Someone recently asked us what we do for fun, and we mentioned this little food blog of ours. Â She then asked what kind of food we blog about, and we weren’t quite sure how to respond. Â “Um, all kinds?” Â Basically, we blog about the food that we like and cook (or attempt to cook), which includes many different types of cuisine. Â We particularly enjoy cooking (and eating) Tex-Mex at home, partly because it is easily adaptable — depending on personal preferences and ingredient availability — yet incorporating just a few key elements still gives you that unmistakable Tex-Mex flavor. Â This soup is the perfect example of a Tex-Mex dish for which there are numerous different recipes and variations, but the rich and slightly spicy tomato/chile broth and thin, short noodles are the signature elements that define this soup and make it one of our newest comfort food favorites. Â We found the recipe in a cookbook by fellow food blogger, Homesick Texan, and adapted it by adding ground turkey to make it slightly more hearty as a main course. Â The original recipe provides an excellent template for the base of the soup, which you can then embellish however you see fit. Â We may try adding shredded chicken (rather than ground turkey or beef) the next time we have chicken leftovers. Â The possibilities are endless.
The ingredients for the basic soup recipe include: Â 3-4 dried guajillo chiles, 2 teaspoons vegetable oil, 1/2 a medium-sized yellow onion, 4 cloves garlic, 1 cup canned crushed tomatoes, 8 cups chicken broth, 1/2 teaspoon chili powder, 1 teaspoon ground cumin, 1/4 teaspoon ground allspice, 1/4 teaspoon cayenne, 8 ounces fideo pasta (or angel hair or other similar thin pasta, broken into 1 inch pieces) and salt & pepper. Â We added about 1.5 pounds of ground turkey. Â Top the finished soup with your preferred Tex-Mex garnishes: Â lime, cilantro, avocado, sour cream, cheese, etc.
We found the dried guajillo chiles at our local Kroger grocery store. Â Other types of dried chiles would probably also work if you can’t find guajillo, which is a relatively mild chile. Â Cut off the stems of the chiles and scrape out the seeds. Â Then toast the chiles on both sides in a hot, dry skillet until they start to puff up a little — about 30 seconds total.
Fill the skillet with enough water to cover the chiles and bring the water to a boil.
Turn off the heat and let the chiles soak in the hot water until they soften — about 30 minutes. Â My chiles kept floating to the surface and I wasn’t sure if that would technically count as “soaking,” so I used some tongs to weigh them down. Â (This step was likely unnecessary, but I’m a bit of a literalist when it comes to recipes. Â I’m like the Amelia Bedelia of cooking.)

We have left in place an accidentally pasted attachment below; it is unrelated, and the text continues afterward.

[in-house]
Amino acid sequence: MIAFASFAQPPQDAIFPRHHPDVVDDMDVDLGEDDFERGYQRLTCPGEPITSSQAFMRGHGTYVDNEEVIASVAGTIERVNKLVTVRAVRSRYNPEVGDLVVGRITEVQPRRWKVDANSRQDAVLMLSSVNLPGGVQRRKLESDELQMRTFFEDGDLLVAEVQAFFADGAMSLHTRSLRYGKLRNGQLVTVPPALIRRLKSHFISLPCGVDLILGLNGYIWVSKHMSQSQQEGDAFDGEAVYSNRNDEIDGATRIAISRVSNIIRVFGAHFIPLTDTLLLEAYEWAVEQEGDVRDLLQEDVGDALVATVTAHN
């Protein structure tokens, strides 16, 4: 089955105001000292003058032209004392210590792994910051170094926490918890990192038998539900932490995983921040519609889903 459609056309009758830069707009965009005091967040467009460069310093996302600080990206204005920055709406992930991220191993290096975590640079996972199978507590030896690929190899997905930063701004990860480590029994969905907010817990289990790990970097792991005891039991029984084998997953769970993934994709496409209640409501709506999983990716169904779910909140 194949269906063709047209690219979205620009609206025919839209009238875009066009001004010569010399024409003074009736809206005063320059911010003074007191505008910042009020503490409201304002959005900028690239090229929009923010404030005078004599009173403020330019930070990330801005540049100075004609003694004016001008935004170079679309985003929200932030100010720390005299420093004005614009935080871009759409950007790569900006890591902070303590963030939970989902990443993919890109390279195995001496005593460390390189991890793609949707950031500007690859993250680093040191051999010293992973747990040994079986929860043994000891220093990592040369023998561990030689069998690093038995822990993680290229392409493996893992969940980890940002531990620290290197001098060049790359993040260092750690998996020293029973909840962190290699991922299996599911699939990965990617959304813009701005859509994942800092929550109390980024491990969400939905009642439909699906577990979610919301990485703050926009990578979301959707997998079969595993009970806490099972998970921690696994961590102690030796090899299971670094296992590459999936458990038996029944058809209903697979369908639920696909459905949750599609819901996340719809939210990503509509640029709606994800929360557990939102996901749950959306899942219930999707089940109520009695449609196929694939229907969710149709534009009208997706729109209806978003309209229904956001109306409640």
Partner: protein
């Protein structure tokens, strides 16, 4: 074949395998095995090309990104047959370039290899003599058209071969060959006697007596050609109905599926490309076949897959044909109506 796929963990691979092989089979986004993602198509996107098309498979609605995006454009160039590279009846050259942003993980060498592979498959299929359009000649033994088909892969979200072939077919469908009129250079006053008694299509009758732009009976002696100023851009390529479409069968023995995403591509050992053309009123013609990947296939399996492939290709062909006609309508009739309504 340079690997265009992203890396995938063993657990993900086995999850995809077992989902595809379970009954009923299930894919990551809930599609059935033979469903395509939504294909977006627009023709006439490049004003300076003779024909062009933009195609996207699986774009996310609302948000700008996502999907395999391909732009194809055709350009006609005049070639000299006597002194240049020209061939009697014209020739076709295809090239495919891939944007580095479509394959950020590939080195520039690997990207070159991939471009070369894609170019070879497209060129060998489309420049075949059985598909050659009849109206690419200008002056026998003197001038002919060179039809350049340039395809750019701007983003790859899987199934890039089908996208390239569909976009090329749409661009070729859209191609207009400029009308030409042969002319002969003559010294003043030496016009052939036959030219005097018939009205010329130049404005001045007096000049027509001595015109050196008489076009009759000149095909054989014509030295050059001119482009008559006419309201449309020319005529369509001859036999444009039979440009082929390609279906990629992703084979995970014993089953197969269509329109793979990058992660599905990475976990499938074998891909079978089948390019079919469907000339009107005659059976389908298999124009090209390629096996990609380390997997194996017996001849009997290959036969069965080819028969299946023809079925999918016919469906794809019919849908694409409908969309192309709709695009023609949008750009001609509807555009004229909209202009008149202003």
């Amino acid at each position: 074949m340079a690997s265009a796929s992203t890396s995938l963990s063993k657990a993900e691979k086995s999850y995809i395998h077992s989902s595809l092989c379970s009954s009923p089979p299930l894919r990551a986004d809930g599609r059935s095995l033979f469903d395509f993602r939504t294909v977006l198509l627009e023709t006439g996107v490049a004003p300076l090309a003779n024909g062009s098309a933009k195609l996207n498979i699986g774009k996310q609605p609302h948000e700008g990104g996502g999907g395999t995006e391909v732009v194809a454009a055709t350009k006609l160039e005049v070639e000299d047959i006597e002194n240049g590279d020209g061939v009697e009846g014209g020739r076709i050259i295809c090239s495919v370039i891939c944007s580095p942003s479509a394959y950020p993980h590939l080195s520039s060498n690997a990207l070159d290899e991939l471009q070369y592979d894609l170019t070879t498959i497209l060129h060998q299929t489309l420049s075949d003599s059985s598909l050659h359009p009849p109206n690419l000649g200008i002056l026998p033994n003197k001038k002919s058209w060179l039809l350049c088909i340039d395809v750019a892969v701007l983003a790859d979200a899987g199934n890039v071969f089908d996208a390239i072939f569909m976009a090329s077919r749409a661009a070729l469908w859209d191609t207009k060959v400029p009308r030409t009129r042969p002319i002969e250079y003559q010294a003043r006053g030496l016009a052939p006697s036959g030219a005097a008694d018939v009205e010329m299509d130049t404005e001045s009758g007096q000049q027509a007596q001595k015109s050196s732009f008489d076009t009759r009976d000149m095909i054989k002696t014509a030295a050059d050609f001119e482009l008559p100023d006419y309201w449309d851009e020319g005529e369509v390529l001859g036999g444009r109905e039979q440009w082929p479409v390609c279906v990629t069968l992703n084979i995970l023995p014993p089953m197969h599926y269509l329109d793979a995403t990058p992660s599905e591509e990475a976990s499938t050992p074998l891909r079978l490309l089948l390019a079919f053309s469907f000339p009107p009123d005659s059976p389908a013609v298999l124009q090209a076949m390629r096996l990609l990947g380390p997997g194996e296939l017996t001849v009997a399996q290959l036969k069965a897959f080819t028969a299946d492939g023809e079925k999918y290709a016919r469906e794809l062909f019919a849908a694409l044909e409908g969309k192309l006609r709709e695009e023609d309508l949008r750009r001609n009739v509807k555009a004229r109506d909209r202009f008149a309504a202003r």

If you are using ground meat in your soup, cook the meat in a Dutch oven or large pot over medium-high heat until it is browned. Â Remove the meat to a plate, leaving about a teaspoon of rendered fat in the pot. Â Depending on how lean the meat is, you may want to line the plate with paper towels to soak up any excess fat. Â Our turkey was very lean and did not need to drain any further.
If you aren’t using any meat in the soup, heat about a teaspoon of vegetable oil in the Dutch oven or pot, then add the chopped onion and a dash of salt, and cook until the onion softens — about 5-7 minutes. Â Otherwise, cook the onion in the rendered fat from the browned meat.
Add the chopped garlic and cook until fragrant — about 30 seconds.
When the onions and garlic are done, place them in a blender along with the softened chiles, crushed tomatoes, 1 cup of chicken broth, chili powder, cumin, allspice and cayenne. Â Puree until the ingredients are smooth.
Add a teaspoon of oil to the Dutch oven or pot and heat to medium heat. Â Add the pasta and cook, stirring often, until the pasta barely begins to brown — about 2-4 minutes. Â We couldn’t find the fideo pasta, so we used thin spaghetti.
Add the pureed ingredients to the pasta, along with the remaining 7 cups of chicken broth and bring the soup to a boil. Â Continue simmering until the pasta becomes tender and the liquid thickens. Â The original recipe calls for simmering the soup for about 10 minutes, but we ended up cooking ours longer (about 25 minutes) in order to thicken it to our preferred consistency.
We garnished the soup with grated monterey jack cheese and avocado. Â We’re happy to have another Tex-Mex “sopa” in our rotation — similar in taste to chicken tortilla soup, but a little closer in texture to black bean soup — especially one that we can modify based on flavor preferences Â and ingredients we have on hand.